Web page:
With a fleet of innovations to green and electric cars expected in 2015, driving green has never been easier. The latest market innovations focus on extending the fuel efficiency of green vehicles by rethinking the design and engineering of the car and continuing to make more fuel efficient engines. If you’re on the fence over hybrids, these innovations just might convince you to trade in your conventional car for a greener vehicle.
Next-gen hybrids continue to up the efficiency while coming down in price. Toyota expects to release a cheaper, more fuel efficient Prius capable of an estimated 55 mpg — 5 mpg or 10 percent more efficient than the latest Prius model. Since launching its first hybrid in 1997, Toyota has offered 23 different Prius and Lexus hybrids, including the plug-in model pictured below.
While plugin sales have been slow because of higher cost of the vehicles and the perceived lack of charging stations, things might be changing for electric vehicles. Toyota reports that it might opt for more plugin models to meet customer requests. The year 2015 also promises the release of a new green vehicle from Toyota, a hydrogen fuel cell vehicle that offers zero emissions plus a refueling time that is competitive with traditional vehicles.
Tomorrow’s green car might look similar to today’s auto, but it will probably be much lighter and have other cosmetic changes that represent a marketing challenge for automakers. EuropeanVoice notes that the all-electric BMW uses aluminum and plastic in its exterior because these are up to 50 percent lighter than steel. The electric BMW i3 offers a superb driving experience, but it performs better at so-called city driving speeds under 50 mph and may not mesh with the existing BMW market in the U.S., notes Green Car Reports.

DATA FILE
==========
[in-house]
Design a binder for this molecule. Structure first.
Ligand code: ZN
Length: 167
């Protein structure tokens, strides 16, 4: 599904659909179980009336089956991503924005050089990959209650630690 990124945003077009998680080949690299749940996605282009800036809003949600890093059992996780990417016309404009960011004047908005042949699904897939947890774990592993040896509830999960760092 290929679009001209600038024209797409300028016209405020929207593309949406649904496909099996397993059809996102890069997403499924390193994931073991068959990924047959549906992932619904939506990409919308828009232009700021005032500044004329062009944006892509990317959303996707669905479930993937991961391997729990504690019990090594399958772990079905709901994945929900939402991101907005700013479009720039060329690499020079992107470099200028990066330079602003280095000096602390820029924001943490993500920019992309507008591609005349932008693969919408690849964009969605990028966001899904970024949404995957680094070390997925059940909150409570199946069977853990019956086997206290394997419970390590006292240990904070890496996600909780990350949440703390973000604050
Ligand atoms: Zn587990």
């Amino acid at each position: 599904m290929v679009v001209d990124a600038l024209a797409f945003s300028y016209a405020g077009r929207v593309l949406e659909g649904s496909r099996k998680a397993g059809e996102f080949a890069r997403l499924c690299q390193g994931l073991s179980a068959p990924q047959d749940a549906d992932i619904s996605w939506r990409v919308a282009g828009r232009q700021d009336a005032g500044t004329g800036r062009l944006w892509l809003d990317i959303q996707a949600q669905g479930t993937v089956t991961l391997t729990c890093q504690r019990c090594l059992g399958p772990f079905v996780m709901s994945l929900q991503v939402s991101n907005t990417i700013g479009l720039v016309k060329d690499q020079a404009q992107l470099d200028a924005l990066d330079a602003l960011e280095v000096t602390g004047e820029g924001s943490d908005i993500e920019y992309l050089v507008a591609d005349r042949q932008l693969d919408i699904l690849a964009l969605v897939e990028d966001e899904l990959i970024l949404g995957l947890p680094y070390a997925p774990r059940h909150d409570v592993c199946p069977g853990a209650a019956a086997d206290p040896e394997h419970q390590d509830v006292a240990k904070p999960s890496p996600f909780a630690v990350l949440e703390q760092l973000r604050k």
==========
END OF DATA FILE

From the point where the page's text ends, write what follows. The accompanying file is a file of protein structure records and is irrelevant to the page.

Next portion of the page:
Lightening vehicles’ loads
Changes to the car’s battery and propulsion mechanisms also remove weight. The heavier a car is, the more fuel it consumes; and the more aerodynamic a car can be, the less resistance it will encounter on the road. These interior and exterior tweaks can help all manner of cars be more energy efficient, and result in cosmetic improvements to cars that appeal to a whole different type of green driver.
Recently, Volvo joined a group of innovators on a nano batter project to develop a car that used its exterior body panels to store energy, charge the car’s battery and discharge energy. While this isn’t the first time a car’s body has been used as an energy-storing mechanism, it represents a solution to the heavy batteries used in electric cars. This could potentially weigh 15 percent less than existing electric car batteries and replace the battery chamber altogether.
Putting it all together
The resale market for hybrids, electrics and alternative-fuel vehicles will continue to grow as green consumers trade up for the latest and greatest fuel-efficient models. Look for used vehicle prices to come down as newer models become more affordable.
Article contributed by Sam Brown at Socialmonsters.com